After the fall of the republic and the re-establishment of the Taliban Emirate (2021-), women were prohibited from taking part in various political, economic, social, and educational areas. Even going out of one’s home without a male guardian was forbidden, and wearing the hijab became mandatory – a decree that provoked strong negative reactions from women and social activists. 

With the issuance of such anti-women decrees by the Taliban leader, the situation for women and girls under the Taliban regime became restricted and suffocating. Women and girls protested as their rights were taken from them. In the past two years, women have protested against the Taliban’s misogynistic policies in cities across Afghanistan. Their peaceful, civil protests have always been met with suppression, whippings, and imprisonment by the Taliban. Despite such repression, women’s demonstrations continued,  and their street protests expanded as they emphasized their primary goal: the non-recognition of the Taliban by the international community until the group commits itself to observing the  fundamental and civil-political rights of women.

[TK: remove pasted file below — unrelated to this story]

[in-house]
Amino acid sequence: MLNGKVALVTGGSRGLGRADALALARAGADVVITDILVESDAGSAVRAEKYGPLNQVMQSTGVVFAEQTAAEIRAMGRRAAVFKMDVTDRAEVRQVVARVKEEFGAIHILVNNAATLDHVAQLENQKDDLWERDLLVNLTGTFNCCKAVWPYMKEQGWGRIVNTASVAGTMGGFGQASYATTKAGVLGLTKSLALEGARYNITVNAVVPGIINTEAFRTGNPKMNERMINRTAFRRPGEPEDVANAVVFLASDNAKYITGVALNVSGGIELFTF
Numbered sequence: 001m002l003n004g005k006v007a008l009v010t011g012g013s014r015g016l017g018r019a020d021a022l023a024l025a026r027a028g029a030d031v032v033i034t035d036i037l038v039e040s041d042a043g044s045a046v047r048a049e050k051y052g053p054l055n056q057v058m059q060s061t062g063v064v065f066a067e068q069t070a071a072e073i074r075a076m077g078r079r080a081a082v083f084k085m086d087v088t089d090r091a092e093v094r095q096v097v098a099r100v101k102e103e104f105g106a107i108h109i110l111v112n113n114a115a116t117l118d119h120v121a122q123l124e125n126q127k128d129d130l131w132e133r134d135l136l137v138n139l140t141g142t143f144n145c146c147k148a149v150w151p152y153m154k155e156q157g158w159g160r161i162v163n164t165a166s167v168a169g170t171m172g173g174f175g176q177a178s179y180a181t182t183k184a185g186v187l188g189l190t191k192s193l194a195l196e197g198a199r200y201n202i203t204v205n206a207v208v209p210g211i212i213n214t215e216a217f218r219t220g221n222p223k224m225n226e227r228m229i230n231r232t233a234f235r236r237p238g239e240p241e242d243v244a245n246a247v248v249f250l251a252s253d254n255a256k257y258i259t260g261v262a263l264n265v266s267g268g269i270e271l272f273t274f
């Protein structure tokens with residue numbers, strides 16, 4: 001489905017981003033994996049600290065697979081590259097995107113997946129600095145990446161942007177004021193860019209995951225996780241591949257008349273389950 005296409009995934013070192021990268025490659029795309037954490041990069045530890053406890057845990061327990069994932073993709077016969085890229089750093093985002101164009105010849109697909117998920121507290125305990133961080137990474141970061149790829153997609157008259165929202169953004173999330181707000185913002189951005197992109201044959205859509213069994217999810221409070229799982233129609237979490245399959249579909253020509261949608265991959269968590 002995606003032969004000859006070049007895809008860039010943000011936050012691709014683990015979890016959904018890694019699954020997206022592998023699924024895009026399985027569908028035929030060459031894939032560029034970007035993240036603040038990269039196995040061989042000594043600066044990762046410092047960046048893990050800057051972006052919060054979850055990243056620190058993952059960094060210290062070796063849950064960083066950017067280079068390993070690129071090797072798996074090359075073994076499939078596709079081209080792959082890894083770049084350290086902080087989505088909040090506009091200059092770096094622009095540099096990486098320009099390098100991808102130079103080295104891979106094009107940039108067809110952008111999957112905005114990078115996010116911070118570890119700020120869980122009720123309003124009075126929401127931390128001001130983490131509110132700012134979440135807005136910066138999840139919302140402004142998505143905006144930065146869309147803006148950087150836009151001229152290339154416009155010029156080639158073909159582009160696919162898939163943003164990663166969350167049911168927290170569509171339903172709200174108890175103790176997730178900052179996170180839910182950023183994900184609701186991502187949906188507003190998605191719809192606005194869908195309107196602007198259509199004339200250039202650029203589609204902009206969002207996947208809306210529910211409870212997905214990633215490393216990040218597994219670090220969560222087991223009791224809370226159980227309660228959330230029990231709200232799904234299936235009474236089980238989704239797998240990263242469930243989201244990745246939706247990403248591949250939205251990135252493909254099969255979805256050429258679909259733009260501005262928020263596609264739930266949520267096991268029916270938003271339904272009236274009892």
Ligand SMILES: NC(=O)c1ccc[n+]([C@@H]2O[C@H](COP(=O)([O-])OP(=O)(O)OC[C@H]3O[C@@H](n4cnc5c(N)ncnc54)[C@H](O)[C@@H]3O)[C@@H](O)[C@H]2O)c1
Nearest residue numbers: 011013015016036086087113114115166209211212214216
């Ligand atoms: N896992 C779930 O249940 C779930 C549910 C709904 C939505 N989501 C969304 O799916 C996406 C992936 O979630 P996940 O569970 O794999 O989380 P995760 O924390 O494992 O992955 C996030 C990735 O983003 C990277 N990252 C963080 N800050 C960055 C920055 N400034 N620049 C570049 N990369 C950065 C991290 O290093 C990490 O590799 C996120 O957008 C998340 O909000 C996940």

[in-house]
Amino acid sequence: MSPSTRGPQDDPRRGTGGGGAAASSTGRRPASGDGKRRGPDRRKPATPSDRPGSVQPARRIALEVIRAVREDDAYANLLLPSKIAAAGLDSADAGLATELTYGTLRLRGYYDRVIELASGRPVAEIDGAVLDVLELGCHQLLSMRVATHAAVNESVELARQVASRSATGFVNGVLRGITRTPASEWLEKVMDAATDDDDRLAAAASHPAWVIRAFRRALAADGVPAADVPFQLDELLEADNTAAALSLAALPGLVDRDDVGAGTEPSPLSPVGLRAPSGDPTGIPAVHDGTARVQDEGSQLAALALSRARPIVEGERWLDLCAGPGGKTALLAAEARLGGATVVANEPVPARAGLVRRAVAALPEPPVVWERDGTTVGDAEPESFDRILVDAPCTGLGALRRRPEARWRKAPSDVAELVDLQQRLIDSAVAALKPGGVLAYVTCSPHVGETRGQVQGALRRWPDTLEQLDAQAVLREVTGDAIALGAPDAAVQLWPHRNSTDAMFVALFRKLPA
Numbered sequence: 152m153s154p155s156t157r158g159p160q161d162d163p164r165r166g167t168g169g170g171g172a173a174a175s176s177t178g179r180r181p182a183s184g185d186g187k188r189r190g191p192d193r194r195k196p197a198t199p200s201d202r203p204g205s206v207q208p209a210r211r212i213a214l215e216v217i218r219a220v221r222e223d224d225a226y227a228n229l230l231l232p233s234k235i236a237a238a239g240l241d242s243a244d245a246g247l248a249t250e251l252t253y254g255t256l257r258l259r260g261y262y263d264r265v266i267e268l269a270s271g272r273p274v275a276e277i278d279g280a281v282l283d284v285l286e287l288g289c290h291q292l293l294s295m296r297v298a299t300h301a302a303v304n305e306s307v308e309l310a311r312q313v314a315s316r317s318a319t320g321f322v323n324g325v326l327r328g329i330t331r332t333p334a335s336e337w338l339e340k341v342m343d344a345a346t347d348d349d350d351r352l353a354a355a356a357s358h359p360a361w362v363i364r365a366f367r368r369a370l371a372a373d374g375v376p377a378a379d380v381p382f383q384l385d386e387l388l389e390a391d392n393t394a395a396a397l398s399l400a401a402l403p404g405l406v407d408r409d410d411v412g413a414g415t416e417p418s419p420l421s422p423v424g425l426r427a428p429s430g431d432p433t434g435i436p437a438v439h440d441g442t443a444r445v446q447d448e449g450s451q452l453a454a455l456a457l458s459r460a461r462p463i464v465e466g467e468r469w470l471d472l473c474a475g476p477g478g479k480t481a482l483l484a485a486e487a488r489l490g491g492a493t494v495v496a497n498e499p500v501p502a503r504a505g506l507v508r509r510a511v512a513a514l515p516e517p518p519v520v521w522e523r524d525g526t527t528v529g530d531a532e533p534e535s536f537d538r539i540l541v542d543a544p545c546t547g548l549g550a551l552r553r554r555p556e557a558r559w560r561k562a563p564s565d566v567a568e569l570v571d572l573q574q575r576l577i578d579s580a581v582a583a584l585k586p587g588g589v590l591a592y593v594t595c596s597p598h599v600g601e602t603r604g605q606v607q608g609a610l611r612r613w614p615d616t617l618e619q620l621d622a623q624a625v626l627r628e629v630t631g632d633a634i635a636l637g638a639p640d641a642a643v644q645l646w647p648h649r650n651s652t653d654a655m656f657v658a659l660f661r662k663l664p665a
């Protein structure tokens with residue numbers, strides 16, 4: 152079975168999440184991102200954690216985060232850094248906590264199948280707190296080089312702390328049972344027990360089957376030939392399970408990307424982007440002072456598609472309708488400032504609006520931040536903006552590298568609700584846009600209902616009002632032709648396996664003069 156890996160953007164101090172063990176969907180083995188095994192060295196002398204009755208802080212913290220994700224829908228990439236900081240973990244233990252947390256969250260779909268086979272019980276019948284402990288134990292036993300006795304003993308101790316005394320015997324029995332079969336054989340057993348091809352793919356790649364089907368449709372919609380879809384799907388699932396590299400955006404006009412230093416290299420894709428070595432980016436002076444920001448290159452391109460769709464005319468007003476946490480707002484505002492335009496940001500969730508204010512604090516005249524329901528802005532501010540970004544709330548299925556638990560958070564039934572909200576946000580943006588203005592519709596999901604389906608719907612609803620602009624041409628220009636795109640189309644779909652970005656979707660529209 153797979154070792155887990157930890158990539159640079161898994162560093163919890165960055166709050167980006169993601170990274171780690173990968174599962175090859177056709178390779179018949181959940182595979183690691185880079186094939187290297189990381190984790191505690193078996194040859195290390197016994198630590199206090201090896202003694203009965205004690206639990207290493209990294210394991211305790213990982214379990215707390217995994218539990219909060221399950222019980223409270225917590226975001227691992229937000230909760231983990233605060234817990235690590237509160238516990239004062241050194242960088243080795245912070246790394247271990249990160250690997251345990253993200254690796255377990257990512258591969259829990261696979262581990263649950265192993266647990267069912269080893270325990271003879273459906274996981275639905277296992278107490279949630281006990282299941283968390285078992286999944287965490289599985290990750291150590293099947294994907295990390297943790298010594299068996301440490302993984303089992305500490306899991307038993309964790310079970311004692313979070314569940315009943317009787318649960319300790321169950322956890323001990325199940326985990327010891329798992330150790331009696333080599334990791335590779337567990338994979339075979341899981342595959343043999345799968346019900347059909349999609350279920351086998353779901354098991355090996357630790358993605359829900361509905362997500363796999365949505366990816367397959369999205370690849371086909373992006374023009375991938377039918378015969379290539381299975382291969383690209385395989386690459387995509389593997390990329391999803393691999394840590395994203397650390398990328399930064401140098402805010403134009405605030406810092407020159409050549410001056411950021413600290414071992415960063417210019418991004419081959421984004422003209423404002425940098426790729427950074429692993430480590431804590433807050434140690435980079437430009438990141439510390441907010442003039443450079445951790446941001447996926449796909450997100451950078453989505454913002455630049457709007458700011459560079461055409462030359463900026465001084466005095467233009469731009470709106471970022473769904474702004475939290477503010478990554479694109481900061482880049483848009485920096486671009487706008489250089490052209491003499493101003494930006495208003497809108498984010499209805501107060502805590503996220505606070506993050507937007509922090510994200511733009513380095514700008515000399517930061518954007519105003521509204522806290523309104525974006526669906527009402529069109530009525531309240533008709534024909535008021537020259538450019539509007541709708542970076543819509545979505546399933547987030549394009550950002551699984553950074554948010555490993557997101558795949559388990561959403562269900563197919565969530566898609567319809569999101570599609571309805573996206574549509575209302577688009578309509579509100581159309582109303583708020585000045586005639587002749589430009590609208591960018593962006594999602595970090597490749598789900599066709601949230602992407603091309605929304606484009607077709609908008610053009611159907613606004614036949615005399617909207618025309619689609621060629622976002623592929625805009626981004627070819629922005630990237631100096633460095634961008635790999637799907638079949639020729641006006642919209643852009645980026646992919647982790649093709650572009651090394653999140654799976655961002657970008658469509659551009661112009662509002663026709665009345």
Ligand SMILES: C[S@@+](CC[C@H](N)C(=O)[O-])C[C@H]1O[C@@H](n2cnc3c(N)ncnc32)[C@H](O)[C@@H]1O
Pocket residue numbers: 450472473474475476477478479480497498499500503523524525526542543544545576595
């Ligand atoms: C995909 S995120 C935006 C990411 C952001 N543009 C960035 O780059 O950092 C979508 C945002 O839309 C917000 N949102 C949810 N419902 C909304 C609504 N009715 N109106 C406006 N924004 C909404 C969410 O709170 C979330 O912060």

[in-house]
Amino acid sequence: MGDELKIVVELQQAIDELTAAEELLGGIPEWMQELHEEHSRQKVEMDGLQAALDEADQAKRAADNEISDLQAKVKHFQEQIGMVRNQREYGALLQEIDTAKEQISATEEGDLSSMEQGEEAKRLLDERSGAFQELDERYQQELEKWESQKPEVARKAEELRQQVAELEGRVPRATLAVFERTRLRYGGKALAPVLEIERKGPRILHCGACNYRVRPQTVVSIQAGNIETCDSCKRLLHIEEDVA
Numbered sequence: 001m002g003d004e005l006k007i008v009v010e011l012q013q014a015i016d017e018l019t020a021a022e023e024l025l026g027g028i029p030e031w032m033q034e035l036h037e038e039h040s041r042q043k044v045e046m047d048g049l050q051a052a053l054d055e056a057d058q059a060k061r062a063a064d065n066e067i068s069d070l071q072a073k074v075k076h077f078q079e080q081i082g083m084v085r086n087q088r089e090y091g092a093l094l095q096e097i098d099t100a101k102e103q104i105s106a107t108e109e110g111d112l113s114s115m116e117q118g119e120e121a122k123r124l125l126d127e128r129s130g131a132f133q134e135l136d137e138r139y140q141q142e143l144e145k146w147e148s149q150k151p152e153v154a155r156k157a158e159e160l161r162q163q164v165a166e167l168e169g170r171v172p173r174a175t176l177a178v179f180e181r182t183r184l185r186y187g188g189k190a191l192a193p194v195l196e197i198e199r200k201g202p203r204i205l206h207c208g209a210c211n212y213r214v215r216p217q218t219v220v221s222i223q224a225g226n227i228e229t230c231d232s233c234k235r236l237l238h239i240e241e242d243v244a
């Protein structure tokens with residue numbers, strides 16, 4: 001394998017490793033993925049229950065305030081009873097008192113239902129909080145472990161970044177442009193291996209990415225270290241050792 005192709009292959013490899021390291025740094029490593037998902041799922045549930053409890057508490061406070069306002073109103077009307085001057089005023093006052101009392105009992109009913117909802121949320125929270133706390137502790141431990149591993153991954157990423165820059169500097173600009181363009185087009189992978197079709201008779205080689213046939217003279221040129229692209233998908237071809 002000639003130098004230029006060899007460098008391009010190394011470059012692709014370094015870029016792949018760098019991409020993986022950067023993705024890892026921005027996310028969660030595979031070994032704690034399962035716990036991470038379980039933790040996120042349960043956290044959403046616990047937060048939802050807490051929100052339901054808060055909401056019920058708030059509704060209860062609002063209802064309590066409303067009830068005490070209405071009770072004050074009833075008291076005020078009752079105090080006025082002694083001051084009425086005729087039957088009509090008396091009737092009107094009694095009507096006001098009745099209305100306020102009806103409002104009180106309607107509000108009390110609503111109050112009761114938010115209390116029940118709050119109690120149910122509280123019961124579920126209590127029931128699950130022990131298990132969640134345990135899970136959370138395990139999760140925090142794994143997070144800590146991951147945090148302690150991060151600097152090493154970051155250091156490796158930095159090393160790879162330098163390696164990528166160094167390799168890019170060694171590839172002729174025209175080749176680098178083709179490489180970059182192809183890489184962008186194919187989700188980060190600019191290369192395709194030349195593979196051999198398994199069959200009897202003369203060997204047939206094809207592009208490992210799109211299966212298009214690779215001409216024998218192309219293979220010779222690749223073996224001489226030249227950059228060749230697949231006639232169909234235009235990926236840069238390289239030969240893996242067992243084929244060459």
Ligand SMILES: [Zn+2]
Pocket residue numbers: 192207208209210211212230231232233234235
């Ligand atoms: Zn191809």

Factors contributing to the success of the women’s movement in Afghanistan 

The Taliban view all issues through the lens of Islamic law, using a Deobandi interpretation, which is highly radical and conservative. Their perspective on governance, freedom of expression, education, media, minority rights, women’s rights, etc., significantly differs from contemporary understandings of these subjects in other Muslim countries. However, the focus of this article is to address the factors that contributed to the success of the women’s movement against the Taliban. These factors can be categorized as follows: 

1.     Organized and coordinated efforts: Contrary to the initial rule of the Taliban (1996-2001), when women’s protests were unstructured and disorganized, the women’s movement after the return of the Taliban to power was more organized and coordinated. The continuous and widespread protests by women indicate their seriousness and determination. Although the Taliban responded with violence, women stood their ground and did not back down. 

2.     Inclusive women’s roles: A significant factor in the movement’s success is women’s prominent and inclusive roles. Women from all provinces of Afghanistan, regardless of their ethnic, religious, linguistic, or geographic affiliations, united to engage in peaceful resistance (Dariush, 2019: 48).